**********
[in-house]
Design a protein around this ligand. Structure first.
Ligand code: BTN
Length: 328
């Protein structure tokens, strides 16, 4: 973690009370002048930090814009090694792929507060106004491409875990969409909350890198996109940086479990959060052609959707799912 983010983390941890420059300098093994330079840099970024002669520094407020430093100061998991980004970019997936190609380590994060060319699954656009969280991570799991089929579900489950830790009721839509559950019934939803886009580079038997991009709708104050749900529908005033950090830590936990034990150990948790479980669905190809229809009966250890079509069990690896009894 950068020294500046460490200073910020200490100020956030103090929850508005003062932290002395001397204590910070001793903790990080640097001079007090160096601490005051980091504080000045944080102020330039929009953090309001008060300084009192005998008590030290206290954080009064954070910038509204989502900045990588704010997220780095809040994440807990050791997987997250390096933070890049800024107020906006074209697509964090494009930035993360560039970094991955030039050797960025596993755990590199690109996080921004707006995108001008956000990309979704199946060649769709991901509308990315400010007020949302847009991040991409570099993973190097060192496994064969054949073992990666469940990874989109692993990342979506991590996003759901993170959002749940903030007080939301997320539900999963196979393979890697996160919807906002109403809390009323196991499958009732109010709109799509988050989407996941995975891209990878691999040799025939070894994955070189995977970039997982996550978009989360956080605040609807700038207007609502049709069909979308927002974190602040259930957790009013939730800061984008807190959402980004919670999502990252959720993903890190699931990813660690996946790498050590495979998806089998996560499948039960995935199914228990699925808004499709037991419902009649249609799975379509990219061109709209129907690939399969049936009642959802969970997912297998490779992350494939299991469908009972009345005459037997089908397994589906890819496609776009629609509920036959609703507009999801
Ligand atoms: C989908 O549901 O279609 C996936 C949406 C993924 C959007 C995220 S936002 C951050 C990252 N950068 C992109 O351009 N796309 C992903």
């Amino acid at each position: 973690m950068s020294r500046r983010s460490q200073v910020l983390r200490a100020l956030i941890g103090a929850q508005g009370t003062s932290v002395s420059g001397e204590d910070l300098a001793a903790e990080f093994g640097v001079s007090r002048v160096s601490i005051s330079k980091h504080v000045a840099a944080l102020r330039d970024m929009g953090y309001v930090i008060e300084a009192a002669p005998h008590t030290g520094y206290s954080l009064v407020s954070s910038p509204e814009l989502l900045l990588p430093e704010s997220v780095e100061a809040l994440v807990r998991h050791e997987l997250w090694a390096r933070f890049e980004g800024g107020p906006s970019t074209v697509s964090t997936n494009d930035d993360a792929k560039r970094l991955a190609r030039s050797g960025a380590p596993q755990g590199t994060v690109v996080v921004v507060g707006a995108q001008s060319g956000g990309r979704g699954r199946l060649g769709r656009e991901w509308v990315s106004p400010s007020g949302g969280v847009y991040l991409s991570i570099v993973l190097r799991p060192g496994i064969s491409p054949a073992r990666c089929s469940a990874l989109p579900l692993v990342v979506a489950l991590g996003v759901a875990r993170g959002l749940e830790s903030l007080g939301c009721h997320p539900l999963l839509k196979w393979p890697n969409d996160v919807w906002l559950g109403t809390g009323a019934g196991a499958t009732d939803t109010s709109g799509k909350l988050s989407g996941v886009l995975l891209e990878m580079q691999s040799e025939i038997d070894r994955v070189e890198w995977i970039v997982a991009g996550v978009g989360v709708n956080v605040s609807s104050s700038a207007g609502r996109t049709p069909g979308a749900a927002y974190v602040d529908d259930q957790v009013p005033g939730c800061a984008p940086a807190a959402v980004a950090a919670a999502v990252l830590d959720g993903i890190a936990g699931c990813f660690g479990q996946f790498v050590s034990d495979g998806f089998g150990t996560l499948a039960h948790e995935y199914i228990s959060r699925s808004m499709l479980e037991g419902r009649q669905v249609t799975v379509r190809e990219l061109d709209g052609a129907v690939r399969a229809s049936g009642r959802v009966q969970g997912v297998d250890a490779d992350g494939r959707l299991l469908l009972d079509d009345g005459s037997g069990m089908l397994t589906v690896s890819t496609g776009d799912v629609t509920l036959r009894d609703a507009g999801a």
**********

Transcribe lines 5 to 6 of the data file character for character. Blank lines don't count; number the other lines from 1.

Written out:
């Protein structure tokens, strides 16, 4: 973690009370002048930090814009090694792929507060106004491409875990969409909350890198996109940086479990959060052609959707799912 983010983390941890420059300098093994330079840099970024002669520094407020430093100061998991980004970019997936190609380590994060060319699954656009969280991570799991089929579900489950830790009721839509559950019934939803886009580079038997991009709708104050749900529908005033950090830590936990034990150990948790479980669905190809229809009966250890079509069990690896009894 950068020294500046460490200073910020200490100020956030103090929850508005003062932290002395001397204590910070001793903790990080640097001079007090160096601490005051980091504080000045944080102020330039929009953090309001008060300084009192005998008590030290206290954080009064954070910038509204989502900045990588704010997220780095809040994440807990050791997987997250390096933070890049800024107020906006074209697509964090494009930035993360560039970094991955030039050797960025596993755990590199690109996080921004707006995108001008956000990309979704199946060649769709991901509308990315400010007020949302847009991040991409570099993973190097060192496994064969054949073992990666469940990874989109692993990342979506991590996003759901993170959002749940903030007080939301997320539900999963196979393979890697996160919807906002109403809390009323196991499958009732109010709109799509988050989407996941995975891209990878691999040799025939070894994955070189995977970039997982996550978009989360956080605040609807700038207007609502049709069909979308927002974190602040259930957790009013939730800061984008807190959402980004919670999502990252959720993903890190699931990813660690996946790498050590495979998806089998996560499948039960995935199914228990699925808004499709037991419902009649249609799975379509990219061109709209129907690939399969049936009642959802969970997912297998490779992350494939299991469908009972009345005459037997089908397994589906890819496609776009629609509920036959609703507009999801
Ligand atoms: C989908 O549901 O279609 C996936 C949406 C993924 C959007 C995220 S936002 C951050 C990252 N950068 C992109 O351009 N796309 C992903």